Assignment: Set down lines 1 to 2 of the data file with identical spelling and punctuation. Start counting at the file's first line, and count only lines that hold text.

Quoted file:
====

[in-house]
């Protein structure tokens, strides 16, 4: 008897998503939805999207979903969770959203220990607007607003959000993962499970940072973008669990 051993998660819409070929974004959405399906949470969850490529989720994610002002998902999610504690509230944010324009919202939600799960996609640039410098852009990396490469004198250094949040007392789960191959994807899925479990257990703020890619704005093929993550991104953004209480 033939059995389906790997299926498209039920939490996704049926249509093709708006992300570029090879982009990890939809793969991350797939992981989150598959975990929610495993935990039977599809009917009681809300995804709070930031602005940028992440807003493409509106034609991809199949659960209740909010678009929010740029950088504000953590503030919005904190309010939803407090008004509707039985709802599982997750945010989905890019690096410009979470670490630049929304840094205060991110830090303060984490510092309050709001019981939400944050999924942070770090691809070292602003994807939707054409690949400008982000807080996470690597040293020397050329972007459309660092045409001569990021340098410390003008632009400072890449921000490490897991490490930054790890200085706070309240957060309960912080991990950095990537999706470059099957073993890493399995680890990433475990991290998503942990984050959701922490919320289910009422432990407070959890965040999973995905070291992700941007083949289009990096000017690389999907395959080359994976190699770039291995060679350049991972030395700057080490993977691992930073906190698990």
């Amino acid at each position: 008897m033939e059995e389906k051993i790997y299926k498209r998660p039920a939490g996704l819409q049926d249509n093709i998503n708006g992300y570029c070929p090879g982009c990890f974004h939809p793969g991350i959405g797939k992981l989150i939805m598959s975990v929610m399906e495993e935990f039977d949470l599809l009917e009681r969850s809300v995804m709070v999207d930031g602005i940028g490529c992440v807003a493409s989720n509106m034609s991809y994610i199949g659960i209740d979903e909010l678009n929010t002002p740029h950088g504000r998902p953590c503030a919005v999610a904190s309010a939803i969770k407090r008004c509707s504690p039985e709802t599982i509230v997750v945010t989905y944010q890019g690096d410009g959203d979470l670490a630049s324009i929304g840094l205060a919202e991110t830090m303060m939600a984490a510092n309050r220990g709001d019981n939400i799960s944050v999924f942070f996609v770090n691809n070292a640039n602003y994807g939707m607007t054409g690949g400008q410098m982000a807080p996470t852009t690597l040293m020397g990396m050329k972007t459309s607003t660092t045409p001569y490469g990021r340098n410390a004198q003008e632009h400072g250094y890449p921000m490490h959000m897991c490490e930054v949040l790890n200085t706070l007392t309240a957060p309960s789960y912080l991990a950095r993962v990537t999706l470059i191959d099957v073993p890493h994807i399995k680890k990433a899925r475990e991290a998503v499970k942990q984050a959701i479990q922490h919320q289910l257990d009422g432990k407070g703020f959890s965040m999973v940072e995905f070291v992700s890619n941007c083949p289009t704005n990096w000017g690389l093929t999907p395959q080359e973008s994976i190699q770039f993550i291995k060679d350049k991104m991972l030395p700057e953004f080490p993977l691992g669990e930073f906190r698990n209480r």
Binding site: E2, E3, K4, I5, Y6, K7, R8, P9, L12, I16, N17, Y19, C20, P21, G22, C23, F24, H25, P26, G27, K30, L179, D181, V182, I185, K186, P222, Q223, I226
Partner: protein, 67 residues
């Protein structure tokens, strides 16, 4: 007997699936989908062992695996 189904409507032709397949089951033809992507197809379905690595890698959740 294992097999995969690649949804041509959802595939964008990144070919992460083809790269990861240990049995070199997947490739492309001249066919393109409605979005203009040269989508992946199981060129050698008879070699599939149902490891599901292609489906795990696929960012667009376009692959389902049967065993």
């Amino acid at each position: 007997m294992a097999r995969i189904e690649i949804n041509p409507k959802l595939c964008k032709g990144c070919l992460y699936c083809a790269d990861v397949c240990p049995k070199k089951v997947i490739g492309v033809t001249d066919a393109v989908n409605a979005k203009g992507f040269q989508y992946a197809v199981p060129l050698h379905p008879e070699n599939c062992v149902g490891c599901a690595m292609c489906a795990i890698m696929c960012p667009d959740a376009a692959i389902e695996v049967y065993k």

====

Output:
[in-house]
């Protein structure tokens, strides 16, 4: 008897998503939805999207979903969770959203220990607007607003959000993962499970940072973008669990 051993998660819409070929974004959405399906949470969850490529989720994610002002998902999610504690509230944010324009919202939600799960996609640039410098852009990396490469004198250094949040007392789960191959994807899925479990257990703020890619704005093929993550991104953004209480 033939059995389906790997299926498209039920939490996704049926249509093709708006992300570029090879982009990890939809793969991350797939992981989150598959975990929610495993935990039977599809009917009681809300995804709070930031602005940028992440807003493409509106034609991809199949659960209740909010678009929010740029950088504000953590503030919005904190309010939803407090008004509707039985709802599982997750945010989905890019690096410009979470670490630049929304840094205060991110830090303060984490510092309050709001019981939400944050999924942070770090691809070292602003994807939707054409690949400008982000807080996470690597040293020397050329972007459309660092045409001569990021340098410390003008632009400072890449921000490490897991490490930054790890200085706070309240957060309960912080991990950095990537999706470059099957073993890493399995680890990433475990991290998503942990984050959701922490919320289910009422432990407070959890965040999973995905070291992700941007083949289009990096000017690389999907395959080359994976190699770039291995060679350049991972030395700057080490993977691992930073906190698990």